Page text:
Water weight is the No. 1 bad guy in the bodybuilding world. You can get rid of as much body fat as you like, but if you're retaining water, you can still look bloated and soft. You can't use water retention as an excuse for being out of shape, however. If you can pinch more than an inch, it's likely fat, not water that's stopping you from fitting into your favorite jeans. As a bodybuilder, getting rid of excess water is vital if you want to look your best on the competition stage.
Limit your salt consumption. Stop adding salt to your meals and watch out for those sneaky salt-laden items such as fast food, TV dinners and processed foods like potato chips. Even some healthy foods such as tuna, deli meats and soup can have added salt, so eye those labels carefully. The American Heart Association recommends a salt intake of less than 1,500 milligrams daily.
Increase your water intake. It may sound utterly mad, but to lose water, you have to drink water. Drinking more flushes water through your system faster; you can sometimes actually feel dehydrated from drinking loads of water. Try doubling your water intake for two days. Just make sure you're never too far from a bathroom.
Cut your carbs. For every gram of stored carbohydrate in your body, you hold 2.7 grams of water, claims bodybuilder and nutritional scientist Dr. Layne Norton. Therefore a low carbohydrate diet automatically decreases the amount of water you're carrying. The United States Department of Agriculture advises that women should eat 130 grams of carbs per day. However, when it comes to contest time, you may need to lower this to help you get shredded. Just check with your doctor first to make sure it's safe to do so.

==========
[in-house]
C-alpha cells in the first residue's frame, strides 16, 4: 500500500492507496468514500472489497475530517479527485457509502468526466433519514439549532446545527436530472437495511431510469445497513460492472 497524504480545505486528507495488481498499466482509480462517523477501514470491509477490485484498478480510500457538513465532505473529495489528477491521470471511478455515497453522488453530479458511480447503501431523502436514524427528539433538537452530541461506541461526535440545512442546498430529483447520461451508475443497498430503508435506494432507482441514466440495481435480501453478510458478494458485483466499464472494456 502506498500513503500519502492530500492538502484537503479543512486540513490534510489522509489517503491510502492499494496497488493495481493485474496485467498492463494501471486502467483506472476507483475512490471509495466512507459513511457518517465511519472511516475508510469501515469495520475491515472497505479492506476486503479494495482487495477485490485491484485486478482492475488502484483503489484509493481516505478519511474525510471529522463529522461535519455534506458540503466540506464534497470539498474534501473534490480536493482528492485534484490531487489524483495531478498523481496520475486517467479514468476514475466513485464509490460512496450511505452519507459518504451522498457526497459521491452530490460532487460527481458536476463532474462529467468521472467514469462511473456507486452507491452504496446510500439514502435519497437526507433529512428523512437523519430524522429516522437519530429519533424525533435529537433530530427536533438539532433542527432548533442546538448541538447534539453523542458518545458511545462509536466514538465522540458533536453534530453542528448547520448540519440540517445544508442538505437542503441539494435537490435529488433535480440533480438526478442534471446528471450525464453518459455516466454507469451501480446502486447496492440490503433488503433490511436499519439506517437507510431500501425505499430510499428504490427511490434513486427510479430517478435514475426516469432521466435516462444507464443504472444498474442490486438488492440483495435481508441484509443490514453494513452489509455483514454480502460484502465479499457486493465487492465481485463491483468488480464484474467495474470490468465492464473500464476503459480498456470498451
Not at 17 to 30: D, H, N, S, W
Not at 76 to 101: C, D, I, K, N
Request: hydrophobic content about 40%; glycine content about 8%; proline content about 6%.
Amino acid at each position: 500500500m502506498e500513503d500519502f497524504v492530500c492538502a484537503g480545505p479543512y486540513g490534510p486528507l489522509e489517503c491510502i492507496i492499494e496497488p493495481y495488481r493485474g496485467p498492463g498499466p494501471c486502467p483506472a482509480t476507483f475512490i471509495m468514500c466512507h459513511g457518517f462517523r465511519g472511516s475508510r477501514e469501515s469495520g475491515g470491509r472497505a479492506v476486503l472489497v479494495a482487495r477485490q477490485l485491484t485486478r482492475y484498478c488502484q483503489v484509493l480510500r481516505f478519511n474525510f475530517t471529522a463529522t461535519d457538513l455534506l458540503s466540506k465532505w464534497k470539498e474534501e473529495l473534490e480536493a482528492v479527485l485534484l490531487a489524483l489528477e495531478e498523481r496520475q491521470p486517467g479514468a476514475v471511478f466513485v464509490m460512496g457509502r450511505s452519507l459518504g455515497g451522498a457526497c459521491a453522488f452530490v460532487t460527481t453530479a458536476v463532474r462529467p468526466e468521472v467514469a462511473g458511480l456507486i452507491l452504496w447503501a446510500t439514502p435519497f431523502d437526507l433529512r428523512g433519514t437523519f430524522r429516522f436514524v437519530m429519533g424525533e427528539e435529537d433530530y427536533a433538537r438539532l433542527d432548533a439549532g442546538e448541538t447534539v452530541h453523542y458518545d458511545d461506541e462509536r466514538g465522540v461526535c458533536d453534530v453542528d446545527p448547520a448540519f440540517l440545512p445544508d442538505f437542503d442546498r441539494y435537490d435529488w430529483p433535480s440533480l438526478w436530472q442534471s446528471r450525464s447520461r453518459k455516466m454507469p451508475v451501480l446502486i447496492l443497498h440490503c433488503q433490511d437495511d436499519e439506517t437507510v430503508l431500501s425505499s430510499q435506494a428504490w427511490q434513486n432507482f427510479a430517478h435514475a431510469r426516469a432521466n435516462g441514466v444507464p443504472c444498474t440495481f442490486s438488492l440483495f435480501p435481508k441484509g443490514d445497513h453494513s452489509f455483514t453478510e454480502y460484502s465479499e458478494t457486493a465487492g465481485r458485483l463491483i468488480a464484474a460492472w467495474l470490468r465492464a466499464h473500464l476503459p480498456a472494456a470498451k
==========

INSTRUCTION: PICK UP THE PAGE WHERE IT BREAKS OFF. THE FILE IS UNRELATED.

Hit the weights. Pumping iron can help get rid of water weight too. Obviously you lose water through sweating when you train, but a tough workout can actually deplete your carb stores too, writes nutritionist Lyle McDonald in "The Rapid Fat Loss Handbook." Instead of your bog-standard workout though, perform a full-body circuit with sets of 15 to 20 reps and slightly lighter weights. This high volume, high rep approach is much better at depleting carbs than heavy training.
- Mayo Clinic: Water Retention: Relieve this Premenstrual Symptom
- American Heart Association: Shaking the Salt Habit
- Bodybuilding.com: A Unique Combination Of Science And Experience Based Pre-Contest Advice.
- United States Department of Agriculture: Dietary Guidelines for Americans 2010
- "The Rapid Fat Loss Handbook": Lyle McDonald: 2007
- Use these methods strategically. They should only be necessary when approaching a bodybuilding contest or photo shoot.
- Find an experienced competitor to assist you with the process.
- Consult with your health care provider before making any changes to your diet, water intake or exercise regime.
Mike Samuels started writing for his own fitness website and local publications in 2008. He graduated from Peter Symonds College in the UK with A Levels in law, business and sports science, and is a fully qualified personal trainer, sports massage therapist and corrective exercise specialist with accreditations from Premier Global International.